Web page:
Do we know how many die trying to get here?
Nobody knows for sure. Neither the Coast Guard nor the State Department nor human rights groups keep statistics on Cuban fatalities at sea. During the balsero crisis of 1994 there were estimates that anywhere from 25 percent to 75 percent of all those who attempt to migrate were dying at sea. As human smugglers have begun using more sophisticated boats in recent years, fatalities at sea may be falling but no one really knows.
How might restrictions change in the future?
The "wet foot, dry foot" policy, while resented by Cuba, has served the interests of both countries for more than a decade. It has prevented recurrence of massive uncontrolled migration that the United States fears and it established the kind of more normal migration arrangements that Cuba seeks. U.S. Congress is debating more modest proposals to loosen the current ban on travel between the United States and Cuba. Changes in migration policy probably depend on changes in the larger relationship between Washington and Havana.

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Families inside Havana airport's Terminal 2 feel full impact of restrictions on travel from U.S. to Cuba,1,1406513.column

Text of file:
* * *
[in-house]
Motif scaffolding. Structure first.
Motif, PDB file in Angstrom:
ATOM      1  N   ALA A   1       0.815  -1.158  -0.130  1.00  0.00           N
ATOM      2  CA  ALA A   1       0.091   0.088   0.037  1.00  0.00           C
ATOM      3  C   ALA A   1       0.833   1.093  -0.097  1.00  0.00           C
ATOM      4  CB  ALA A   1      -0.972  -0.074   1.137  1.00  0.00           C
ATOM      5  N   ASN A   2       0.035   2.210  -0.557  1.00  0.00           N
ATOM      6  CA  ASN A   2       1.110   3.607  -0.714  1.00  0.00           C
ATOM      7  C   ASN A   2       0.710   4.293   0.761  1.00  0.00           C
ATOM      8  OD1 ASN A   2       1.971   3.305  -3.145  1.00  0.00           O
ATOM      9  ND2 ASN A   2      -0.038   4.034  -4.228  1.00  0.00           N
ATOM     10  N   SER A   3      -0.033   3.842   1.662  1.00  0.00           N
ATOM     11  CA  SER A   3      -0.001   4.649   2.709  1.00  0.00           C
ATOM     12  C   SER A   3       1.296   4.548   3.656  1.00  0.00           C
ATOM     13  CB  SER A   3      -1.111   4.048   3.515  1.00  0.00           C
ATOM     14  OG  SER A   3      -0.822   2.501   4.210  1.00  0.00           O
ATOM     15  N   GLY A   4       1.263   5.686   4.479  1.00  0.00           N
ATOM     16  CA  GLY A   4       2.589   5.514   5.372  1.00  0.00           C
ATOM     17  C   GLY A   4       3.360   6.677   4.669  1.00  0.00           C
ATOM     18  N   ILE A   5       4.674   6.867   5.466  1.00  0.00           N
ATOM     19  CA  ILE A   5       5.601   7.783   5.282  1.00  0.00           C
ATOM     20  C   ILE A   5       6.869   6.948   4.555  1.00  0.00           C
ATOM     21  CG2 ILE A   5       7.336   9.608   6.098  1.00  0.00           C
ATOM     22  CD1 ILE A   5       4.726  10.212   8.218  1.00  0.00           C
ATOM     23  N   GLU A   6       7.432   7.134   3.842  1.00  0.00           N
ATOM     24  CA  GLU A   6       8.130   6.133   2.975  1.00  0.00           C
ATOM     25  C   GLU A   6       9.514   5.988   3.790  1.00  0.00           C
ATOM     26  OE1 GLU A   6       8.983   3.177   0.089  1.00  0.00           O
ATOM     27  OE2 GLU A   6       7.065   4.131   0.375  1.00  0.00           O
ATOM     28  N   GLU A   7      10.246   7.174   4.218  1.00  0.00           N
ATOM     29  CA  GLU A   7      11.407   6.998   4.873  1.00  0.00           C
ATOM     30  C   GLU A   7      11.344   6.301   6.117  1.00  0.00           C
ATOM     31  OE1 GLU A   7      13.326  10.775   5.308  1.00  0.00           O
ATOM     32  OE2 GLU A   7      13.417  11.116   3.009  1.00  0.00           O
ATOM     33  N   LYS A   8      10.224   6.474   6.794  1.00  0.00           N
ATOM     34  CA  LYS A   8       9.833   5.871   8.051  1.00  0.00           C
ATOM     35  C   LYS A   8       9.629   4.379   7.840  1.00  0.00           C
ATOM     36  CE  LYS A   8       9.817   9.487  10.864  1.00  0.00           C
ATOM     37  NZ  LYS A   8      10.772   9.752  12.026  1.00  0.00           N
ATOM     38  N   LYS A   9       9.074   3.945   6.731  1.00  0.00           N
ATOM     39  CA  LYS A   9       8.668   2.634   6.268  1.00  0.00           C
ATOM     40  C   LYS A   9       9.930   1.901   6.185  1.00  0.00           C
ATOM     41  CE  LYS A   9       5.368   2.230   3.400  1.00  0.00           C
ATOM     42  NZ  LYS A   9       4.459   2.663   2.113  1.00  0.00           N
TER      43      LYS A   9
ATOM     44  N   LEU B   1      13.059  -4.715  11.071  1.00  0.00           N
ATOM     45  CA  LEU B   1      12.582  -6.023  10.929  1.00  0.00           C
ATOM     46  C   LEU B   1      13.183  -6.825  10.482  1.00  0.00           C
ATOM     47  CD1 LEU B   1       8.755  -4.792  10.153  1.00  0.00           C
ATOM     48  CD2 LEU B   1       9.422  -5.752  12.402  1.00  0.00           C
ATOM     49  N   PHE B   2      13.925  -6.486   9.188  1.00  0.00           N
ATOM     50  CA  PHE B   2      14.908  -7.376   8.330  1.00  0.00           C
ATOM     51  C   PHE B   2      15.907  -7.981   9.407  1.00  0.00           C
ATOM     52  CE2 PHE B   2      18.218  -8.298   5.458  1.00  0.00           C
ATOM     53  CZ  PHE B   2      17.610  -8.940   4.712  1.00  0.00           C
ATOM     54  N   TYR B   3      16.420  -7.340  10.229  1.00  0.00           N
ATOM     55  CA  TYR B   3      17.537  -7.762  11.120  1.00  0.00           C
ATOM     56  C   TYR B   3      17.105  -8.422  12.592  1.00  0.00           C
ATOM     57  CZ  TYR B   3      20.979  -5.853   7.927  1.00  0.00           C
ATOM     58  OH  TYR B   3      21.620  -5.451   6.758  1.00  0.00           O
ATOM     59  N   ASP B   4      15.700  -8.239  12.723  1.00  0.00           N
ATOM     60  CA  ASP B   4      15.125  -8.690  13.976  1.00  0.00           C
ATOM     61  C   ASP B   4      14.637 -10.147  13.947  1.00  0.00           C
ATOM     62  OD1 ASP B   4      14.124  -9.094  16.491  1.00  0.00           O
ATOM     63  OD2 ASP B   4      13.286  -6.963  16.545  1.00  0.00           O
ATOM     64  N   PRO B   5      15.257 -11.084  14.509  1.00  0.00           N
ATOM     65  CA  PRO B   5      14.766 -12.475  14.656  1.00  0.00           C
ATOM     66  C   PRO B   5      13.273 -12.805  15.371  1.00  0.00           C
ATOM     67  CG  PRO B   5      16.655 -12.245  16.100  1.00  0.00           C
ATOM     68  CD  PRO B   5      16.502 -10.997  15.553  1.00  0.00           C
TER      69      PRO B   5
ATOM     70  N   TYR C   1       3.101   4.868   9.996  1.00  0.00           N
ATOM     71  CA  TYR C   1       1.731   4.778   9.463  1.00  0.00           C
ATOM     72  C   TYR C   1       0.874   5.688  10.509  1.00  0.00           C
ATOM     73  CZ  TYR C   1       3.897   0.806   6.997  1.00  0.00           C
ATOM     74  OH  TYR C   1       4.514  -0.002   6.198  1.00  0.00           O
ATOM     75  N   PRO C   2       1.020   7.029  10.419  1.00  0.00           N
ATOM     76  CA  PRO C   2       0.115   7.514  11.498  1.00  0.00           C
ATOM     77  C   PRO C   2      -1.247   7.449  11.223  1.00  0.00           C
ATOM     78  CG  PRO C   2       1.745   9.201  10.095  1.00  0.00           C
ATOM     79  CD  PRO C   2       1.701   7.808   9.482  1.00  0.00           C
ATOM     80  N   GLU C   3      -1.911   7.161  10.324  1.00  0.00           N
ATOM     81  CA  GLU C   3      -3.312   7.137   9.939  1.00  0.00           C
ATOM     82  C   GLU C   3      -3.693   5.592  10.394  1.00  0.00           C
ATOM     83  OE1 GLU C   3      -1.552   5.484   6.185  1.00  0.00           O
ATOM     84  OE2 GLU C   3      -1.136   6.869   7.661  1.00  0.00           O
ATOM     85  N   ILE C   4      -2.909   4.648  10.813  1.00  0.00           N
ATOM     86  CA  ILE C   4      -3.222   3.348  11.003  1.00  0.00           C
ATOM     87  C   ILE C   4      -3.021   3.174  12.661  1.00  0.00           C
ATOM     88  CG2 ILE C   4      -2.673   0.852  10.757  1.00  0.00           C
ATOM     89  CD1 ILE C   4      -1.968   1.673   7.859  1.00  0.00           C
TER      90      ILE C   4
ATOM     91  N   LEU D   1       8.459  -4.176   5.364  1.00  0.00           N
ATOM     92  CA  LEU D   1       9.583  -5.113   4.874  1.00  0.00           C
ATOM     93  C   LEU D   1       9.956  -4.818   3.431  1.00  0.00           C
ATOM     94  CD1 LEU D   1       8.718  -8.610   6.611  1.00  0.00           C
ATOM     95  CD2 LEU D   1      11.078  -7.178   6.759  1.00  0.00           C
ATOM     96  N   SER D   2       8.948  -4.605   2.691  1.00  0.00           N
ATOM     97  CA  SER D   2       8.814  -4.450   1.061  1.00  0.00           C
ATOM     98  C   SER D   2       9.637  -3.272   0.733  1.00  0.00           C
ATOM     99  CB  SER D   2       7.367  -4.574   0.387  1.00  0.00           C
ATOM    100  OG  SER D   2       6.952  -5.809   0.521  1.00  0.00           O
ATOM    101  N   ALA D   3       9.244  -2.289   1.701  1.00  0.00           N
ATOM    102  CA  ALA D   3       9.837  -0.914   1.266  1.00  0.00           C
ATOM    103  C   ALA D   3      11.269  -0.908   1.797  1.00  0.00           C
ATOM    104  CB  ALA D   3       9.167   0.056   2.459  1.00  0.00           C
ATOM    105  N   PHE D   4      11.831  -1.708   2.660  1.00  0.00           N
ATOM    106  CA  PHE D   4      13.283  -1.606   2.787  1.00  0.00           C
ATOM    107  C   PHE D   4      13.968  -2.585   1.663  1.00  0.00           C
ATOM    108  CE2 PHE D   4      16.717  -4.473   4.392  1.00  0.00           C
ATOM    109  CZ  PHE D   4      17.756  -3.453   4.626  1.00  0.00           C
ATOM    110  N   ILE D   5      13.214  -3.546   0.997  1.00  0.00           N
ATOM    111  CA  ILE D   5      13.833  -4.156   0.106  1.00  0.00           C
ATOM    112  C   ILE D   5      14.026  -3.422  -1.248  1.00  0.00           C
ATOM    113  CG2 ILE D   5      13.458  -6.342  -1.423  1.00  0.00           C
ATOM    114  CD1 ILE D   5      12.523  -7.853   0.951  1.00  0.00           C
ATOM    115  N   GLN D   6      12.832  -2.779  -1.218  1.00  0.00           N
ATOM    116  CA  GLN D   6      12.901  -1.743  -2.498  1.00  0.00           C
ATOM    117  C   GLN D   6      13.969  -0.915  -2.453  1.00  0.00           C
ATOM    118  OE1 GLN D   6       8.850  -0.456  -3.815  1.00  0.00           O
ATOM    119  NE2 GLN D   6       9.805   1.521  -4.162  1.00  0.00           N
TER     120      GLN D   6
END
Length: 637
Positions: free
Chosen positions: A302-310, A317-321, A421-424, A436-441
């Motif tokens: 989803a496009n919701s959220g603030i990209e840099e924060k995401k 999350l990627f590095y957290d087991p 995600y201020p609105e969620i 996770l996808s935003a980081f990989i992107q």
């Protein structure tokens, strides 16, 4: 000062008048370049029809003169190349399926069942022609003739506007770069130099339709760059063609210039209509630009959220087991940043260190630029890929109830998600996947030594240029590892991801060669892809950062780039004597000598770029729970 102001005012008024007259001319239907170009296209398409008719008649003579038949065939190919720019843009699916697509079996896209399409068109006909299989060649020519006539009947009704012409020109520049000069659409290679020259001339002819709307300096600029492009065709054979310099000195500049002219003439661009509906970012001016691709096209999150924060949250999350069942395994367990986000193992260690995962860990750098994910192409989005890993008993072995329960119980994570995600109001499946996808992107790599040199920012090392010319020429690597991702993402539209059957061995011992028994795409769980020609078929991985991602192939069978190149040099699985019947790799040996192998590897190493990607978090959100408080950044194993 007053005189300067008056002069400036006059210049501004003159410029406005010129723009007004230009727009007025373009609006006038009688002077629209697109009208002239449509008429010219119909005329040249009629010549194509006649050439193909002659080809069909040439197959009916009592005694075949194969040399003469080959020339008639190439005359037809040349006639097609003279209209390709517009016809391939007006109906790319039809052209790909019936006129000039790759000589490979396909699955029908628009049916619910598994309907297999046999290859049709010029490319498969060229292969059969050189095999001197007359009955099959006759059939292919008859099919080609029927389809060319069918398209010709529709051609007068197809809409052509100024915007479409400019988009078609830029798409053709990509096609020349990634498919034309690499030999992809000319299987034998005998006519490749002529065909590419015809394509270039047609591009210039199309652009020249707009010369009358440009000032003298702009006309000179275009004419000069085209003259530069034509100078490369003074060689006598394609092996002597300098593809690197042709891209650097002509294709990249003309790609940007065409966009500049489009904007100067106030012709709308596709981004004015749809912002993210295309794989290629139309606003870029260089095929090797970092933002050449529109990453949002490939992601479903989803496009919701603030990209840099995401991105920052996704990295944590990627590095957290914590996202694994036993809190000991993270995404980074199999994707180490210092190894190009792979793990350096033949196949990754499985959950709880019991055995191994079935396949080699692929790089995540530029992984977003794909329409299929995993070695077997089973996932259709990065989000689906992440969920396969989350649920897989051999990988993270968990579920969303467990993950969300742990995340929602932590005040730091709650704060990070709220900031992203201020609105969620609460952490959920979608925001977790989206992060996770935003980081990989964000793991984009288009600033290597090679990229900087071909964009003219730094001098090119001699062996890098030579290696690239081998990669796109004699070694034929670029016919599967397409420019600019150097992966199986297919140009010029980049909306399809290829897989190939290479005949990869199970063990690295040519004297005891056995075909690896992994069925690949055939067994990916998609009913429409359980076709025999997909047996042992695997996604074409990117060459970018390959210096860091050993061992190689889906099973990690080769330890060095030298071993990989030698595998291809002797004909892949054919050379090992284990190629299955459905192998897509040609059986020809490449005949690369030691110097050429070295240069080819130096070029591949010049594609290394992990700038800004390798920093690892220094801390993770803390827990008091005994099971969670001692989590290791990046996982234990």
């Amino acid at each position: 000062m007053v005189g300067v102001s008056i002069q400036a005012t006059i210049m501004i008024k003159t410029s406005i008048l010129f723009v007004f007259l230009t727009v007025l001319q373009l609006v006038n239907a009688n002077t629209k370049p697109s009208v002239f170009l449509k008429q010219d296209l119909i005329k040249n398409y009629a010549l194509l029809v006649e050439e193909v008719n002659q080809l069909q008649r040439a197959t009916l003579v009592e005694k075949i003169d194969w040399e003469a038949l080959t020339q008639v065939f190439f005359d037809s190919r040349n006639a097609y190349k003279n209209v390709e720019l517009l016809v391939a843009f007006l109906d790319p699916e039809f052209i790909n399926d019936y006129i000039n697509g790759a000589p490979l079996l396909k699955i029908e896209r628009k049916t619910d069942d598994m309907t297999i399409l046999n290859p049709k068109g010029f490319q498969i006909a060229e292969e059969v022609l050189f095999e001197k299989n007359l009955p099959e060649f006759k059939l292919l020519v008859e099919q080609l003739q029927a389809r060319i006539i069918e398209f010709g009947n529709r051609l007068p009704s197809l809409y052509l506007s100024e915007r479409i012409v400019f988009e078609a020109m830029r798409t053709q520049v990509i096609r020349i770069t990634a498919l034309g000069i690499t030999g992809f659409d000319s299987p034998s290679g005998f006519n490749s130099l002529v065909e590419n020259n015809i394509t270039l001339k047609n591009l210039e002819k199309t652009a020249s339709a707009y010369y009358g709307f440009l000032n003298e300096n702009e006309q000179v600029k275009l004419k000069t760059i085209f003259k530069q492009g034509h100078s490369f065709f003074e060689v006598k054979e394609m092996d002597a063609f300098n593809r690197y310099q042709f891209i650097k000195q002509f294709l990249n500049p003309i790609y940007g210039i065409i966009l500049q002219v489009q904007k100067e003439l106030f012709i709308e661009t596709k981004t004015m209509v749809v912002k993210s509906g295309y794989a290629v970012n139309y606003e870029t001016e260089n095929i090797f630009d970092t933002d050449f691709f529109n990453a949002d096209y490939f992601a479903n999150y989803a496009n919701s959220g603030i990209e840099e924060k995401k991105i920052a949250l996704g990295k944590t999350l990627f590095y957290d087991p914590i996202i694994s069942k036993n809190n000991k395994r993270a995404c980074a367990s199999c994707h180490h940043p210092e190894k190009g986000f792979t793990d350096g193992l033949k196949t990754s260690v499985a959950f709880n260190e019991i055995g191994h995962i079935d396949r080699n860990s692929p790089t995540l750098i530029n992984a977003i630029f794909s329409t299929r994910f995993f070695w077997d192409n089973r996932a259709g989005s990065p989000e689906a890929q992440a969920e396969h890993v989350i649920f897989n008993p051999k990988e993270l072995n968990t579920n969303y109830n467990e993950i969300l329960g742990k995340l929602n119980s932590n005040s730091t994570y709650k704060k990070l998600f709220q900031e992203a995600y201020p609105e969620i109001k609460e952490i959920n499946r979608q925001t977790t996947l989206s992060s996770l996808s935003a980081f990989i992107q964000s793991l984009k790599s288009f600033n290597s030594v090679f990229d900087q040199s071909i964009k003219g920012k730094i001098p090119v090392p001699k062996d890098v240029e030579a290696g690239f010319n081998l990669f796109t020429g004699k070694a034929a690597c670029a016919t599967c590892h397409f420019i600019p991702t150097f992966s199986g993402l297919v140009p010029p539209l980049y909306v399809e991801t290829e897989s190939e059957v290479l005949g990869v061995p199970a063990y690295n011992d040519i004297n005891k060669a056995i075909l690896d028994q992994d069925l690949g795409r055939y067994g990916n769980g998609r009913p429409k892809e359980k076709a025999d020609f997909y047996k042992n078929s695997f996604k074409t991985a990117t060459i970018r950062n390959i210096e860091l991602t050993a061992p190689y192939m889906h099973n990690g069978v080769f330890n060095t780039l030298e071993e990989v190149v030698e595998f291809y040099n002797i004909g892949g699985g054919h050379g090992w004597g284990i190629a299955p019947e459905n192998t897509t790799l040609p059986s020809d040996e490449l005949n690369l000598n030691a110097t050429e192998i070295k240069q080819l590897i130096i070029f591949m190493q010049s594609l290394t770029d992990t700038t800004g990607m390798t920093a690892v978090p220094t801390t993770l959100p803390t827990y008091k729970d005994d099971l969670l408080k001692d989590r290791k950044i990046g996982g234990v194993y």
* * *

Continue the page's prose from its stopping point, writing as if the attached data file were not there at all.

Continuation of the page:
Ray Sanchez
Cuba notebook

June 24, 2007

Havana Alejandro Iglesias stood with his family — two sisters, his father, also named Alejandro, and mother Iliana — inside Terminal 2 at Jose Marti International Airport below a dangling yellow sign that said "Security Control." Only passengers bound for the United States are allowed beyond the cordoned-off area.

The Iglesiases had returned for the first time in four years, and a dozen relatives came to see the family off. Photos were snapped and hugs exchanged. Young Alejandro tried to comfort his sobbing aunts. One wept uncontrollably.

"Everything's going to be fine," the 10-year-old told her with a confidence and poise beyond his years. "We'll be back. It's OK."The older Alejandro picked up his 2-year-old daughter, Gabriela, and walked slowly to immigration booth No. 2. After a final round of kisses, Iliana and the older kids squeezed into the booth. An immigration officer reviewed their travel documents and, minutes later, buzzed open a heavy metal door leading to the gates for the Miami-bound charters.

A final wave. Some blown kisses. More tears.

Every day, the human toll of the Bush administration's restrictions on travel to Cuba is displayed in Terminal 2. In 2004, the administration limited family visits to one trip every three years for a period not to exceed 15 days. Terminal 2 quickly became one of the saddest places in Havana.

"People are very emotional and tearful because they're not going to see one another again for at least three years — and maybe forever," said Wayne Smith, the top American diplomat in Havana from 1979 to 1982.

Smith, director of the Cuba Program at the Center for International Policy in Washington, D.C., said the travel restrictions on Cuban-Americans were the worst component of what he called failed U.S. efforts to isolate the communist government of convalescing President Fidel Castro.